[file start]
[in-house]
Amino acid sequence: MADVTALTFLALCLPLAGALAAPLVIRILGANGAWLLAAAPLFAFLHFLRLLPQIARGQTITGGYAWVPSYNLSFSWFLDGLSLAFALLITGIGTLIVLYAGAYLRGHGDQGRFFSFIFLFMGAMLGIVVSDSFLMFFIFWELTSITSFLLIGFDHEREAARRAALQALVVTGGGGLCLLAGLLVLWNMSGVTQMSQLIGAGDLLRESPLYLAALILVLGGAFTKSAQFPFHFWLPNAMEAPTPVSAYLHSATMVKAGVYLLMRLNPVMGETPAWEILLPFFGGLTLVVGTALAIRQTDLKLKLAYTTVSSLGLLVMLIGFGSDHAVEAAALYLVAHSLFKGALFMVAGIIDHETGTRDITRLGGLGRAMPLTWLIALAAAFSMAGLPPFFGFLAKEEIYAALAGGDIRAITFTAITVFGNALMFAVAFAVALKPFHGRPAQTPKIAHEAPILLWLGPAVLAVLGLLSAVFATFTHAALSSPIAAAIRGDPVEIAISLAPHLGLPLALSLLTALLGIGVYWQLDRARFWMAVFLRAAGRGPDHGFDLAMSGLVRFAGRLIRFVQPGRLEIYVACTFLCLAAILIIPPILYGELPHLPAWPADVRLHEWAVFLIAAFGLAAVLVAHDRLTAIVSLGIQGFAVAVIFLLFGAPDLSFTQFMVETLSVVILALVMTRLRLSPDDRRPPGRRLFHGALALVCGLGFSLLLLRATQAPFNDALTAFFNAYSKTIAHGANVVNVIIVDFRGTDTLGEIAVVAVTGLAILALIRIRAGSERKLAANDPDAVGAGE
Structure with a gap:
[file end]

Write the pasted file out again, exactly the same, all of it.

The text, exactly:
[in-house]
Amino acid sequence: MADVTALTFLALCLPLAGALAAPLVIRILGANGAWLLAAAPLFAFLHFLRLLPQIARGQTITGGYAWVPSYNLSFSWFLDGLSLAFALLITGIGTLIVLYAGAYLRGHGDQGRFFSFIFLFMGAMLGIVVSDSFLMFFIFWELTSITSFLLIGFDHEREAARRAALQALVVTGGGGLCLLAGLLVLWNMSGVTQMSQLIGAGDLLRESPLYLAALILVLGGAFTKSAQFPFHFWLPNAMEAPTPVSAYLHSATMVKAGVYLLMRLNPVMGETPAWEILLPFFGGLTLVVGTALAIRQTDLKLKLAYTTVSSLGLLVMLIGFGSDHAVEAAALYLVAHSLFKGALFMVAGIIDHETGTRDITRLGGLGRAMPLTWLIALAAAFSMAGLPPFFGFLAKEEIYAALAGGDIRAITFTAITVFGNALMFAVAFAVALKPFHGRPAQTPKIAHEAPILLWLGPAVLAVLGLLSAVFATFTHAALSSPIAAAIRGDPVEIAISLAPHLGLPLALSLLTALLGIGVYWQLDRARFWMAVFLRAAGRGPDHGFDLAMSGLVRFAGRLIRFVQPGRLEIYVACTFLCLAAILIIPPILYGELPHLPAWPADVRLHEWAVFLIAAFGLAAVLVAHDRLTAIVSLGIQGFAVAVIFLLFGAPDLSFTQFMVETLSVVILALVMTRLRLSPDDRRPPGRRLFHGALALVCGLGFSLLLLRATQAPFNDALTAFFNAYSKTIAHGANVVNVIIVDFRGTDTLGEIAVVAVTGLAILALIRIRAGSERKLAANDPDAVGAGE
Structure with a gap: